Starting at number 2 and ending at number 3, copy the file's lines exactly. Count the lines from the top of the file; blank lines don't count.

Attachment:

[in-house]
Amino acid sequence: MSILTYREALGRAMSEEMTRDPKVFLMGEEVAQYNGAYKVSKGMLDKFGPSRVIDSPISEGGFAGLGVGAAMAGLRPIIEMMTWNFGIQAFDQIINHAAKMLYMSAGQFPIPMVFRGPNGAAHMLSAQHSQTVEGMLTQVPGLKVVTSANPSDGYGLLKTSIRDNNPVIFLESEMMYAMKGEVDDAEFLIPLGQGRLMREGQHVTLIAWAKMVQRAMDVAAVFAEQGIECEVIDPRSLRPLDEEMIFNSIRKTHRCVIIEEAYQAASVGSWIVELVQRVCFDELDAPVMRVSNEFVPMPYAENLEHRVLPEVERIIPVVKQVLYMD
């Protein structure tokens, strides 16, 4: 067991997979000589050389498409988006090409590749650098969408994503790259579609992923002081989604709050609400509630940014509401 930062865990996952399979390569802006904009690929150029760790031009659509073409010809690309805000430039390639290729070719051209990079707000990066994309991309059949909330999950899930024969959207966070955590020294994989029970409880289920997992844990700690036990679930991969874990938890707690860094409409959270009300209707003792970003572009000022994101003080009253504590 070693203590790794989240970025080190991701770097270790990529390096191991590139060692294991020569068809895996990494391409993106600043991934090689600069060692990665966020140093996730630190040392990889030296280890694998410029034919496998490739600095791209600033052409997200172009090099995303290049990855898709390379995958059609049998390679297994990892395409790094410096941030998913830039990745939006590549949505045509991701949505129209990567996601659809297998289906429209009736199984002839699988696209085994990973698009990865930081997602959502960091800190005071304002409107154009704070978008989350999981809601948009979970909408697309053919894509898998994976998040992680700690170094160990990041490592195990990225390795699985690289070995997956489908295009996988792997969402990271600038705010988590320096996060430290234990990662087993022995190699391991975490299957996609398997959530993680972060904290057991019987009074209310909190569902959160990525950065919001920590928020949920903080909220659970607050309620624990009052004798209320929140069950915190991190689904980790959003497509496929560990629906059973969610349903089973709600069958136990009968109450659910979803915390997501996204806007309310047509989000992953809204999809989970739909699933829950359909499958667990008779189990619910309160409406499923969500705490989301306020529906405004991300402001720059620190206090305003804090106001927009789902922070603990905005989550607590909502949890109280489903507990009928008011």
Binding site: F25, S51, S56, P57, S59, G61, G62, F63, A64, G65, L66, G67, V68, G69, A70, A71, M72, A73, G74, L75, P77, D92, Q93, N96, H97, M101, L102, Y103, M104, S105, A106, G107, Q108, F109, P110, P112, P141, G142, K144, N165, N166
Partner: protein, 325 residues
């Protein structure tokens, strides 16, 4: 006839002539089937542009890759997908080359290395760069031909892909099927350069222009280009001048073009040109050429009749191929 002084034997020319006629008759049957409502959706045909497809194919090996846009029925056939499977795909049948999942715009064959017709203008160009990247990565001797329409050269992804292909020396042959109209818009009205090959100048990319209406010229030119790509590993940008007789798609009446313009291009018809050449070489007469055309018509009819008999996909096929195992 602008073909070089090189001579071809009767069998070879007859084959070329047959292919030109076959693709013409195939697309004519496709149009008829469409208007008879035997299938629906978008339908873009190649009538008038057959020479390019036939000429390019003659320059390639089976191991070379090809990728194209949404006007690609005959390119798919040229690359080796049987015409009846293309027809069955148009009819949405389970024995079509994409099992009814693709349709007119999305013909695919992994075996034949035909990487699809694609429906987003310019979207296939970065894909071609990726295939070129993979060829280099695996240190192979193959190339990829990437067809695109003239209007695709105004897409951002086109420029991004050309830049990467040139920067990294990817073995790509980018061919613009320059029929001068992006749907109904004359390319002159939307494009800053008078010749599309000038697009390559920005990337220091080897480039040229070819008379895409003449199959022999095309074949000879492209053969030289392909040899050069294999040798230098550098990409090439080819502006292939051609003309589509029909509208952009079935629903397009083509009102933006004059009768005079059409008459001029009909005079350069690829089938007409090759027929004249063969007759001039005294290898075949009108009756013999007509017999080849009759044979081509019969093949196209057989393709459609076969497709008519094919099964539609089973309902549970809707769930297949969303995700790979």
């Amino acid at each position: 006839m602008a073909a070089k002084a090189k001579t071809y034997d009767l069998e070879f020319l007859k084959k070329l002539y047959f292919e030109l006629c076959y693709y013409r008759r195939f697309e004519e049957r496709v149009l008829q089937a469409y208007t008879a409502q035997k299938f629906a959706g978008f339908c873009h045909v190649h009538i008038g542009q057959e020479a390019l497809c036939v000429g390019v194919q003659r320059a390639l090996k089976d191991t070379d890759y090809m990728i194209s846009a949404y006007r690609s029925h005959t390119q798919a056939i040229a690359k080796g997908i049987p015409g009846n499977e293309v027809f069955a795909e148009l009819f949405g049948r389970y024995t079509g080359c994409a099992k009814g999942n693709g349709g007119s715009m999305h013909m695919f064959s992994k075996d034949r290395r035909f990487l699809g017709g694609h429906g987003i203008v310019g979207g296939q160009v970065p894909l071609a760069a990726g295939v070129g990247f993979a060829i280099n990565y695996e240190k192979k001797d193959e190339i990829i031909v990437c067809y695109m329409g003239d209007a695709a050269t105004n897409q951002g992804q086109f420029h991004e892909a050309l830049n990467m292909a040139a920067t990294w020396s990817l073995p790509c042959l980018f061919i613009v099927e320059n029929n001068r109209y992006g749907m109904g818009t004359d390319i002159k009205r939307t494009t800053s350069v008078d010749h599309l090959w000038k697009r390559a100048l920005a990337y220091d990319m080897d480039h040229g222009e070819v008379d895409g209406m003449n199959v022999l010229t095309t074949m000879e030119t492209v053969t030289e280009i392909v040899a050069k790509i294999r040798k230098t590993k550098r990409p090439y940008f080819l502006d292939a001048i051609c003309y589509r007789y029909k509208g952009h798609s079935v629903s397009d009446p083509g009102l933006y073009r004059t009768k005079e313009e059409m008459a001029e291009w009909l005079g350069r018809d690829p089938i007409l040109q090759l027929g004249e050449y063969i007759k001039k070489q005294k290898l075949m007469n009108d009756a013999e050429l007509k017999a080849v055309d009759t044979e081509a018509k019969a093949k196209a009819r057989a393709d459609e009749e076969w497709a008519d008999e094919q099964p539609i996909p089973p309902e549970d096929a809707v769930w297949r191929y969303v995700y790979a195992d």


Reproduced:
Amino acid sequence: MSILTYREALGRAMSEEMTRDPKVFLMGEEVAQYNGAYKVSKGMLDKFGPSRVIDSPISEGGFAGLGVGAAMAGLRPIIEMMTWNFGIQAFDQIINHAAKMLYMSAGQFPIPMVFRGPNGAAHMLSAQHSQTVEGMLTQVPGLKVVTSANPSDGYGLLKTSIRDNNPVIFLESEMMYAMKGEVDDAEFLIPLGQGRLMREGQHVTLIAWAKMVQRAMDVAAVFAEQGIECEVIDPRSLRPLDEEMIFNSIRKTHRCVIIEEAYQAASVGSWIVELVQRVCFDELDAPVMRVSNEFVPMPYAENLEHRVLPEVERIIPVVKQVLYMD
């Protein structure tokens, strides 16, 4: 067991997979000589050389498409988006090409590749650098969408994503790259579609992923002081989604709050609400509630940014509401 930062865990996952399979390569802006904009690929150029760790031009659509073409010809690309805000430039390639290729070719051209990079707000990066994309991309059949909330999950899930024969959207966070955590020294994989029970409880289920997992844990700690036990679930991969874990938890707690860094409409959270009300209707003792970003572009000022994101003080009253504590 070693203590790794989240970025080190991701770097270790990529390096191991590139060692294991020569068809895996990494391409993106600043991934090689600069060692990665966020140093996730630190040392990889030296280890694998410029034919496998490739600095791209600033052409997200172009090099995303290049990855898709390379995958059609049998390679297994990892395409790094410096941030998913830039990745939006590549949505045509991701949505129209990567996601659809297998289906429209009736199984002839699988696209085994990973698009990865930081997602959502960091800190005071304002409107154009704070978008989350999981809601948009979970909408697309053919894509898998994976998040992680700690170094160990990041490592195990990225390795699985690289070995997956489908295009996988792997969402990271600038705010988590320096996060430290234990990662087993022995190699391991975490299957996609398997959530993680972060904290057991019987009074209310909190569902959160990525950065919001920590928020949920903080909220659970607050309620624990009052004798209320929140069950915190991190689904980790959003497509496929560990629906059973969610349903089973709600069958136990009968109450659910979803915390997501996204806007309310047509989000992953809204999809989970739909699933829950359909499958667990008779189990619910309160409406499923969500705490989301306020529906405004991300402001720059620190206090305003804090106001927009789902922070603990905005989550607590909502949890109280489903507990009928008011």